Hot Sheet

Though future is uncertain, Denver will aid DACA recipients with renewal

Author: Adam McCoy - September 29, 2017 - Updated: September 29, 2017

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DACA TrumpA woman holds up a signs in support of the Obama administration program known as Deferred Action for Childhood Arrivals, or DACA, during an immigration reform rally on Aug. 15 at the White House in Washington. (AP Photo/Jacquelyn Martin)

Denver hasn’t been shy about its resistance to the White House’s bellicose stance on immigration — i.e. a travel ban; President Donald Trump’s threat to withhold federal funds from so-called sanctuary cities, and the promise to end a program, unless Congress acts, that provides protections for undocumented immigrants brought to the U.S. as children.

In late August, the Denver City Council and Mayor Michael Hancock agreed on a new policy which prohibits city employees from cooperating with federal immigration authorities and provides other protections for undocumented immigrants in Denver, Colorado Public Radio reports.

During a signing of the policy, Hancock urged the president to “leave our DACA children alone,” Westword reports, referring to the Deferred Action for Childhood Arrivals program started under President Barack Obama. It shielded children brought to the U.S. illegally from deportation for two years and allowed them to legally work. Hancock also noted the 17,000 Coloradans protected under DACA.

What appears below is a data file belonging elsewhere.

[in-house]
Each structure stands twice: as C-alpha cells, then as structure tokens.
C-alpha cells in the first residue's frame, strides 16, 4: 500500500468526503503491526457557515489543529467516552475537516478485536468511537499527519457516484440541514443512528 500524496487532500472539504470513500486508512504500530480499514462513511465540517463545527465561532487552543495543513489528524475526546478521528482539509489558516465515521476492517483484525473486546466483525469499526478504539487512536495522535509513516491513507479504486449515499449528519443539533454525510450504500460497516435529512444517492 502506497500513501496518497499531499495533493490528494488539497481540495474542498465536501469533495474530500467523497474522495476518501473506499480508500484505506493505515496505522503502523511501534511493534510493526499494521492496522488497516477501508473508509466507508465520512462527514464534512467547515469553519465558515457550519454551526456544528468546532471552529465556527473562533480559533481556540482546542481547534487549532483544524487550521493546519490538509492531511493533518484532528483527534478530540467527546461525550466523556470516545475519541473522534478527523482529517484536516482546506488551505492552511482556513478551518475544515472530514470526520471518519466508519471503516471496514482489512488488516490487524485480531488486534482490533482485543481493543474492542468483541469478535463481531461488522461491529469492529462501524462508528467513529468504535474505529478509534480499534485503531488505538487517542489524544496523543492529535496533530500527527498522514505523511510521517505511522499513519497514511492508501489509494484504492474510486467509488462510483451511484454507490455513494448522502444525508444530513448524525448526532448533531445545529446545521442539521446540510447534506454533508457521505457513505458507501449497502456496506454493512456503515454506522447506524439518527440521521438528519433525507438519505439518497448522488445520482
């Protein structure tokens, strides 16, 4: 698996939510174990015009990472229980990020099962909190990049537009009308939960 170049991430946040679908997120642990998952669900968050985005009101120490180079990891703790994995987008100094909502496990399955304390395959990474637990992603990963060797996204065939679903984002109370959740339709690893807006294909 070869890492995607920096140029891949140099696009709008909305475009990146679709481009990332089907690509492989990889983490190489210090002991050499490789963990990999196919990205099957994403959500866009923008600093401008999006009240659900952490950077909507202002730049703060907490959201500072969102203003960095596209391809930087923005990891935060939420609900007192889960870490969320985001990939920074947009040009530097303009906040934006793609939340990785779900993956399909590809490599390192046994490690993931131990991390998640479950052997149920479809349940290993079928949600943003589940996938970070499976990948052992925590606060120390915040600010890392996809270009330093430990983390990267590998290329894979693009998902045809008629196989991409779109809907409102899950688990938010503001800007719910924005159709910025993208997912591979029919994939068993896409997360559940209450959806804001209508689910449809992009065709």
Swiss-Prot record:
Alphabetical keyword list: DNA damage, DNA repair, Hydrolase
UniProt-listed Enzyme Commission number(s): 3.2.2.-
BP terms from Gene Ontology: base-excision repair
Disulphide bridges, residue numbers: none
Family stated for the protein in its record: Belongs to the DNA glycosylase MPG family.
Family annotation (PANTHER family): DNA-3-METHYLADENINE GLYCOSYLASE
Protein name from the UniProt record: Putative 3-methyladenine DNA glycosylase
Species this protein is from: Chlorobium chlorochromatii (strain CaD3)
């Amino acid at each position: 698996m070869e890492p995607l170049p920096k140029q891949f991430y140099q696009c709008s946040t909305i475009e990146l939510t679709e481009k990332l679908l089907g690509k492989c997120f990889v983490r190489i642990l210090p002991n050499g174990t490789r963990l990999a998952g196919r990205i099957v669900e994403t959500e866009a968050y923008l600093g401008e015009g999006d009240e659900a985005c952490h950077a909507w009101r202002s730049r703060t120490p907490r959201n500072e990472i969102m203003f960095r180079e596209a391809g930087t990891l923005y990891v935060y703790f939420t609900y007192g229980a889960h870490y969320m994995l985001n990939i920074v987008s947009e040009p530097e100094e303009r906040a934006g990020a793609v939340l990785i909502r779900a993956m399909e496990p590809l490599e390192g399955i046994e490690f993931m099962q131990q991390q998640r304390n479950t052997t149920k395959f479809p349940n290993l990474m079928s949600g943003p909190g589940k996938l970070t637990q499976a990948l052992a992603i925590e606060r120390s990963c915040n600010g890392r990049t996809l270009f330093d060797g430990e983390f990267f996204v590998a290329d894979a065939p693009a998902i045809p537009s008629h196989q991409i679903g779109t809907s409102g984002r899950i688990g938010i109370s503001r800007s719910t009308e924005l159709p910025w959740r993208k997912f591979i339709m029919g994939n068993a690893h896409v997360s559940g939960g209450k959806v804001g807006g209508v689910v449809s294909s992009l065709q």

Though the future of DACA is uncertain, over the fall, Denver will reach out to immigrants with a series of clinics to help DACA recipients and undocumented immigrants.

The clinics will educate interested parties on renewing their DACA status, answer legal questions and provide legal services and offer information on immigration and citizenship.

The city said the clinics are sponsored by local immigrant advocacy organizations including the Colorado Immigrant Rights Coalition, Colorado Latino Forum, and the Colorado Hispanic Bar Association. Prominent Denver law firms will provide council at the meetings on citizenship and immigration. No registration is required and all of the meetings will be held at a local Denver Public Library.

Find a full list of meetings here and here.

Adam McCoy

Adam McCoy

Adam McCoy covers Denver-area politics for Colorado Politics.